The top-rated player in Duke’s 2011 recruiting class, Austin Rivers, is gone and headed to the NBA next season. Michael Gbinije, the second-highest rated freshman, is also departing but for a very different reason.
Whereas Rivers used his lone year in Durham as a trampoline to launch him to the game’s highest level, Gbinije never got his footing and will transfer. Once the No. 29 recruit in the nation, Gbinije is willing to sit out for a year just so he can play elsewhere.
Duke fans, between Gbinije transfering, the opening-round loss to Lehigh in the NCAA tournament and the one-person recruiting class coming in next season, it’s time to FREAK OUT! Abandon ship! Honestly, Duke will be lucky to make it to the NIT next season!
You know all of that is true because it includes two words in all capital letters and three exclamation points. And all sentences beginning with “honestly” must truly be honest, because any sentence without being prefaced that way is obviously dishonest.
Looks like I picked the wrong week to quit drinking.
Sarcasm aside—somebody who works for a newspaper quitting drinking? What a riot!—the Blue Devils will actually be just fine next year. I personally think they might be quite good, but more importantly, it is not the end of the world as Duke knows it.
Good players transfer, even away from top teams, and head coach Mike Krzyzewski is more than well-equipped to handle it. He has done so in the past and will do the same with next year’s team. From a pure depth-chart perspective, it is difficult to know how much Gbinije might have contributed next season. Alex Murphy, who was recruited alongside Gbinije but redshirted last year, fits better into Duke’s offense at the same position while holding an extra year of eligibility.
Even without Murphy, Duke often played a three-guard lineup last season and will have a crowded backcourt yet again with incoming freshman Rasheed Sulaimon competing for minutes against Quinn Cook, Tyler Thornton, Andre Dawkins and Seth Curry.
It’s easy to see why Gbinije wasn’t eager to stick around in that melee for minutes and why it was probably hard for the Duke staff to sit him down and explain how his role would fit his hype next season.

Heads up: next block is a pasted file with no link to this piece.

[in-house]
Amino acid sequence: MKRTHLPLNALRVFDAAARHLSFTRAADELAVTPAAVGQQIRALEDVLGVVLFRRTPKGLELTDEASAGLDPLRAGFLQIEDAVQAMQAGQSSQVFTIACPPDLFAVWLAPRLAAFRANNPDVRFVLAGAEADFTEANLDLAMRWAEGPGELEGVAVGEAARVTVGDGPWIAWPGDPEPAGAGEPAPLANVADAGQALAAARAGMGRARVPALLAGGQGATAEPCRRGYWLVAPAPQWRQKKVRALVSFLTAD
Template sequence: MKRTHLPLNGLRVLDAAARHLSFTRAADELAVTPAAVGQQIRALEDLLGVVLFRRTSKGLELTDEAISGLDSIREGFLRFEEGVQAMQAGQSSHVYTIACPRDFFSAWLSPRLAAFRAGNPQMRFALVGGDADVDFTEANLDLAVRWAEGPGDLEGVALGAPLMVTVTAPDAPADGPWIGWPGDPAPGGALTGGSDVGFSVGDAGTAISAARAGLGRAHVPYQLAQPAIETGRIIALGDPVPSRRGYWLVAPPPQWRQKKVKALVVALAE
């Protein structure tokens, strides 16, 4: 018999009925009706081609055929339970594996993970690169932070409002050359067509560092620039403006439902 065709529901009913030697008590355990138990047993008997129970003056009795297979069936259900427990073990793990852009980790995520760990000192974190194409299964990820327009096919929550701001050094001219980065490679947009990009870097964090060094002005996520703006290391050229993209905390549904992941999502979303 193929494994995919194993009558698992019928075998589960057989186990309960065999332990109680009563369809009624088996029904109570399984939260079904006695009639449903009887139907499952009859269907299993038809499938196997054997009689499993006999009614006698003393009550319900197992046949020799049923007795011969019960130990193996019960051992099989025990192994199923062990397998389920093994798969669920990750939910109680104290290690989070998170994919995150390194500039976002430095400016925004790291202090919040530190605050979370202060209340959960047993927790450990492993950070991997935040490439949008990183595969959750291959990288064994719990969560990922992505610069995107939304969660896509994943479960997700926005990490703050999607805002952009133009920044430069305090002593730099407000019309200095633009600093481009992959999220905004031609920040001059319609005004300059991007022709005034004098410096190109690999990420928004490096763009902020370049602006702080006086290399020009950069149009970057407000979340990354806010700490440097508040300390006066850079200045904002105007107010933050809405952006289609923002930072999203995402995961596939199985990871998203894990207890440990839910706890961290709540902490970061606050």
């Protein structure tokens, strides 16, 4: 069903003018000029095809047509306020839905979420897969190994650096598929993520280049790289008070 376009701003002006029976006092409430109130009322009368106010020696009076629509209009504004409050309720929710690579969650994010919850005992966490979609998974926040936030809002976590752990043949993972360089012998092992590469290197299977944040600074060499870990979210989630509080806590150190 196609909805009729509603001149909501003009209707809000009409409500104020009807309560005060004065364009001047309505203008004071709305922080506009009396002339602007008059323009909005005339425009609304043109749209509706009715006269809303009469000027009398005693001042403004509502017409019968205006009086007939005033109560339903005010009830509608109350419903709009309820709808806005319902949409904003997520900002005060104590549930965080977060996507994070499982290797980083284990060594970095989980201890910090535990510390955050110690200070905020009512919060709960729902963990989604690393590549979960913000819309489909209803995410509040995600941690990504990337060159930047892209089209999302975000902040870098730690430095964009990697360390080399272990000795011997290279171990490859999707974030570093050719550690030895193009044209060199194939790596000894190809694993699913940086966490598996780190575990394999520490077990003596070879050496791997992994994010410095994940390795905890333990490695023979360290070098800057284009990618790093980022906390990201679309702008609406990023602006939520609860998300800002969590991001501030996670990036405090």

Olek Czyz, another top-100 recruit, transferred midway through his sophomore season in 2010 after one-and-a-half disappointing seasons with the Blue Devils. Following a strong senior year at Nevada, though, he might be selected in June’s NBA Draft. Between Czyz and Gbinije, maybe the coaching staff just gets tired of players whose names they can’t pronounce.
Elliot Williams, who transferred to Memphis in 2009 and played one more collegiate season before going pro, now plays for the Portland Trail Blazers. Williams and Czyz were good players, but the team certainly did not miss the pair when it was cutting down the nets after the 2010 national championship.
This program is built to handle losing good players because good players are plentiful in Durham. It’s about having the right players, and sometimes even the most talented ones don’t fit that mold, so it’s probably best for both parties involved to part ways. It’s no indictment of Gbinije’s skills or character, which are both reportedly quite high, but players who struggle to shoot the 3-pointer struggle to get minutes in Duke’s offense.
Krzyzewski may not run the type of one-and-done-hired-guns program that John Calipari has mastered at Kentucky, guaranteeing the Wildcats a top-five ranking seemingly every season from now until the end of time, but Duke will have no trouble competing with the best of the best for next season’s ACC crown.
This one straw won’t break the Blue Devils’ back. Don’t freak out.
Looks like I picked a fine week to quit drinking.